CAFTA faces tough vote in U.S. House
Wednesday, July 27, 2005
Similar to the existing Canada, and Mexico, CAFTA would create a putting an end to most trade barriers between the United States and six additional countries, including Costa Rica, El Salvador, Honduras, Guatemala, Nicaragua, and the Dominican Republic.(NAFTA) among the U.S.,
The free trade agreement faces stiff opposition among Democrats. Many Republicans who represent agriculturalor industrial and southern textile states in Congress also have stated opposition to the bill. But with a Republican majority in the House large enough to ensure passage of CAFTA, party leaders are trying to shore up enough votes to ensure CAFTA's passage.
This has prompted last minute action by the President to lobby individual members of the House, reminding them that Central American countries have committed troops and other resources to fight the U.S.. Other Republican leaders have been using the party's traditional pro-business message and linking it to homeland security issues.
"Trade creates jobs and lifts people out of poverty and there's nothing like a stable society to fight terrorism and strengthen democracy, freedom and rule of law,", Speaker of the House, reportedly said at a news conference Tuesday.
But the opposition disagrees. CAFTA is "a bad deal for Central Americans and also for Latinos in this community... (with CAFTA) the exploitation of workers will continue in Central America," Democrat Representative Hilda Solis of Los Angeles said. Her views are common among Democrats, who are overwhelmingly against the treaty.
According to opponents of CAFTA, the current trend of American jobs being sent to foreign countries, particularly in the information technology sector, would greatly expand under the treaty.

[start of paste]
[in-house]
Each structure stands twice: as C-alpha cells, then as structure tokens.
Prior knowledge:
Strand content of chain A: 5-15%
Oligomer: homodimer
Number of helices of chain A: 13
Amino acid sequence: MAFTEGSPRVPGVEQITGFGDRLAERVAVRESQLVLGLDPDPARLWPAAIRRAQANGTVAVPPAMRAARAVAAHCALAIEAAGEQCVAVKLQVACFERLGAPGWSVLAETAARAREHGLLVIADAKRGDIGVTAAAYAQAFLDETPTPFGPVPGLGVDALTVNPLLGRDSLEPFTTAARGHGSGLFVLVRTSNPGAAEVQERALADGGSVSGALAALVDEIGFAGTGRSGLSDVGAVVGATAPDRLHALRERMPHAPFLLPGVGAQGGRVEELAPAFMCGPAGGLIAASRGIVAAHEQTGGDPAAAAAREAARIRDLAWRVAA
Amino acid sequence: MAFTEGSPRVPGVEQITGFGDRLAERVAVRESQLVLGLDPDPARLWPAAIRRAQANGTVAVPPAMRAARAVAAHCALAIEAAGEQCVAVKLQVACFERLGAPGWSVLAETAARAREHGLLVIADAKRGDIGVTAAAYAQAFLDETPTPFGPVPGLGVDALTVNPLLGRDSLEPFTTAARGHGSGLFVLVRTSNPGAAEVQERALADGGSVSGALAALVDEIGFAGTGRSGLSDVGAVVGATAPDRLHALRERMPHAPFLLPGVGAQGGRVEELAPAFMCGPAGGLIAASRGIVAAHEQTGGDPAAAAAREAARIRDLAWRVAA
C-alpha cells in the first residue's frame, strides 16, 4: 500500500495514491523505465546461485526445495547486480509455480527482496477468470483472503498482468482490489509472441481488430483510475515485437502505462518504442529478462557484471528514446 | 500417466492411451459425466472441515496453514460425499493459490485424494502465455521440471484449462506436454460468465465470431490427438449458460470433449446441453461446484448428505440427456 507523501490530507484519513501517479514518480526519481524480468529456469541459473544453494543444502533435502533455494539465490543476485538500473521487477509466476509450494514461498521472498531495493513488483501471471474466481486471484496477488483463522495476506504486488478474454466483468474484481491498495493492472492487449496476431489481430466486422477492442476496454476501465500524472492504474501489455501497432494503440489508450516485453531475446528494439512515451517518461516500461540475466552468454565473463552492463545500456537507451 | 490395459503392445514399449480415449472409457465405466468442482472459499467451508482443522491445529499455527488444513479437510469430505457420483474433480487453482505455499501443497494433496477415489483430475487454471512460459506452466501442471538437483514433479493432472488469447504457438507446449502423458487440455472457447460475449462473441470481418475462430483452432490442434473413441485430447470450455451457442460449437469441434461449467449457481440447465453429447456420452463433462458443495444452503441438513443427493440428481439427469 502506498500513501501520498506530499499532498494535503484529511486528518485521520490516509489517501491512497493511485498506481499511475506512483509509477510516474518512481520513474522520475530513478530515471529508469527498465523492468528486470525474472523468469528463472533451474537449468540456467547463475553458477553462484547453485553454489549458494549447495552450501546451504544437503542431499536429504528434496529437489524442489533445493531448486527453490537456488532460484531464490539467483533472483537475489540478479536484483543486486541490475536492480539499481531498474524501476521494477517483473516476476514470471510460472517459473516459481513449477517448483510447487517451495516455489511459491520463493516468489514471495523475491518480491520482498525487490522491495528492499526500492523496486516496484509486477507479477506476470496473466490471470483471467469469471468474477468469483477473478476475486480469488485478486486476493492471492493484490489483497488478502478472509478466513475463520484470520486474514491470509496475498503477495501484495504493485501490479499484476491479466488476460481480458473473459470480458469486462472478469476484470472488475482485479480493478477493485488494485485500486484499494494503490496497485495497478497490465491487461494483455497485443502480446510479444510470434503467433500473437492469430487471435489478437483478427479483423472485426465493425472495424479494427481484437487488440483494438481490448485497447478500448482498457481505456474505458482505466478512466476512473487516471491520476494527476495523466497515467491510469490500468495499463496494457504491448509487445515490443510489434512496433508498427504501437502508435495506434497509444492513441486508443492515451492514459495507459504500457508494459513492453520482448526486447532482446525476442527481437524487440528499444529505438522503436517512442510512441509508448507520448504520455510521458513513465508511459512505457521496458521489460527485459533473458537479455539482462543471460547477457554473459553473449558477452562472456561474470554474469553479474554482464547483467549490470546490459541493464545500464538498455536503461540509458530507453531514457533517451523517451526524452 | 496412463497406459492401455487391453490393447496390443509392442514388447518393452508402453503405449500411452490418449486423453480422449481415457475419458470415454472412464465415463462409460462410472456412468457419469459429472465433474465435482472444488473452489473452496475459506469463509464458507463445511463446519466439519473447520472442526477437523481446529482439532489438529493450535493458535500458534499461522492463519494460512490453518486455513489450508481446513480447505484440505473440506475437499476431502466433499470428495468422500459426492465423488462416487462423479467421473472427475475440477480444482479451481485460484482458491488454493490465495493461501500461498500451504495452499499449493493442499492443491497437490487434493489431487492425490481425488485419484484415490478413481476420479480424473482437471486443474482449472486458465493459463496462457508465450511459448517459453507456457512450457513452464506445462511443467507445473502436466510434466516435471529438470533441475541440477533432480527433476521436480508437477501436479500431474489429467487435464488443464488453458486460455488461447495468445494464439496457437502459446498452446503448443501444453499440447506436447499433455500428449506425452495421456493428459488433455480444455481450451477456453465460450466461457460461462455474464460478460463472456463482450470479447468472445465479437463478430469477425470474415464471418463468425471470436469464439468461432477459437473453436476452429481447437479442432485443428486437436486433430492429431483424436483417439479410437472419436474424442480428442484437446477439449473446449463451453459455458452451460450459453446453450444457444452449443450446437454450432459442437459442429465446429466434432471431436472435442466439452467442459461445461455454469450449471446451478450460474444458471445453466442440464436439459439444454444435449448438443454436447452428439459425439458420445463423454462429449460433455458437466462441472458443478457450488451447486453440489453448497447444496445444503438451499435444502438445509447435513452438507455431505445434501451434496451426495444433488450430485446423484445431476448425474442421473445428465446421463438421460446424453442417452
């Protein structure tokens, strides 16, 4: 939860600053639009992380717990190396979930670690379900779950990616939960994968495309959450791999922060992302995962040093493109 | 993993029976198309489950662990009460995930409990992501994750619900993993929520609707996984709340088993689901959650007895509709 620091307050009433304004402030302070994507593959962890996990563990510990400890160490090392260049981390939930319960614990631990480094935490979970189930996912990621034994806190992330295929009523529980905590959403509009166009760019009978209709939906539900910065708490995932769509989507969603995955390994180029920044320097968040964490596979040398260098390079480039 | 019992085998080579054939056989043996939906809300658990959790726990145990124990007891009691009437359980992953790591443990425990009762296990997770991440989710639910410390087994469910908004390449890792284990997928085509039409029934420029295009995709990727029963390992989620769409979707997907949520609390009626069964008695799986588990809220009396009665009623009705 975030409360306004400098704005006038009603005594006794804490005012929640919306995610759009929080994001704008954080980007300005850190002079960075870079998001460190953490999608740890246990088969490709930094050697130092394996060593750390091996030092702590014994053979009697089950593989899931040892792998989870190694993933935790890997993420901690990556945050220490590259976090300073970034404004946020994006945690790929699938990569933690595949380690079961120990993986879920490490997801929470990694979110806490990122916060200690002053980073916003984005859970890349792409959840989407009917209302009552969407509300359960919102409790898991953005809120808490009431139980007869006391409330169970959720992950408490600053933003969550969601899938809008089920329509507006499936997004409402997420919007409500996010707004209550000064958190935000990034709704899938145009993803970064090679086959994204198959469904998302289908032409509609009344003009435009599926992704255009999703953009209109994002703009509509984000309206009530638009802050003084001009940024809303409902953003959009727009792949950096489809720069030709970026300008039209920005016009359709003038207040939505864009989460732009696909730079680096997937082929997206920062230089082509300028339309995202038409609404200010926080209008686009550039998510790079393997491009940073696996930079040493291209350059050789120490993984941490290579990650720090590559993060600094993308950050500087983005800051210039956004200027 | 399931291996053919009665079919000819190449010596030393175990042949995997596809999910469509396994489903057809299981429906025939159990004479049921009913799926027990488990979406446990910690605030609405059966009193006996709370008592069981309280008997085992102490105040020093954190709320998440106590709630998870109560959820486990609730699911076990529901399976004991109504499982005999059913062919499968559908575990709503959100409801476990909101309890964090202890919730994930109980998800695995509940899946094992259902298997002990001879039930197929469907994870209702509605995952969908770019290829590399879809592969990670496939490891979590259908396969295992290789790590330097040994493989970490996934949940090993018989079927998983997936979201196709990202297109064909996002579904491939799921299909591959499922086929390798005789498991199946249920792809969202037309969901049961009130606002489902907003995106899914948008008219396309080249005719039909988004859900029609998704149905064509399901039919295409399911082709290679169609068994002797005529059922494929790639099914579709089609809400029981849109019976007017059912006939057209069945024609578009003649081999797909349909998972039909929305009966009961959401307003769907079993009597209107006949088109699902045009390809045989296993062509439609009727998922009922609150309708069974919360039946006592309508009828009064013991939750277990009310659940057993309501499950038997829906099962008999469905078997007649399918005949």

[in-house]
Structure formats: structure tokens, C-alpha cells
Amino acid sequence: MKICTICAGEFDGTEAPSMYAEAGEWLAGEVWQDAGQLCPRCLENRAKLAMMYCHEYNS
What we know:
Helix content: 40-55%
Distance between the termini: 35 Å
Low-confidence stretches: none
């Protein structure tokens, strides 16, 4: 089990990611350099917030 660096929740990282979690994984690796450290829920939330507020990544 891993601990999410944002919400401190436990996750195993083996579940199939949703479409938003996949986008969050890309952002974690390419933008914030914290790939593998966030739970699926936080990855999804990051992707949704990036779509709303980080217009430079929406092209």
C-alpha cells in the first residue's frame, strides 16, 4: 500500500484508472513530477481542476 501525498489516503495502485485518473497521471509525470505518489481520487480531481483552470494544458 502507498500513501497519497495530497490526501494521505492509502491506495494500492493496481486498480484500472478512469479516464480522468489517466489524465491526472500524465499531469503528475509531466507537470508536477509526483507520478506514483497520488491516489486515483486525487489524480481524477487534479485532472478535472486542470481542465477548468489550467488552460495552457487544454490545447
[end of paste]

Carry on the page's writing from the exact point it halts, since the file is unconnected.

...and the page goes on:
"This will be a vote in the middle of the night. They'll keep the vote open for several hours, in violation of the rules. If it passes, it will be by fewer than five votes," predicted Rep., a Democrat from Ohio, according to a Washington Post report.
- Jim Abrams. "Bush lobbies Republicans on CAFTA bill" — , July 26, 2005
- "Bush presses for CAFTA as DeLay predicts win" — , July 26, 2005
- Katherine M. Skiba. "Tight vote expected in trade pact" — , July 26, 2005
- Paul Blustein and Mike Allen. "CAFTA's Upshot More Political Than Economic" — , July 26, 2005
| The text of this article has been released into the public domain. In the event that this is not legally possible, this article may be used for any purpose, without any condition, unless such conditions are required by law. This applies worldwide. Copyright terms on images, however, may vary, so please check individual image pages prior to duplication.
Please note that this only applies to Wikinews content created prior to September 25, 2005. All content created after that date is released under a Creative Commons license which is mentioned at the bottom of each article. This is currently the Creative Commons Attribution 2.5 License.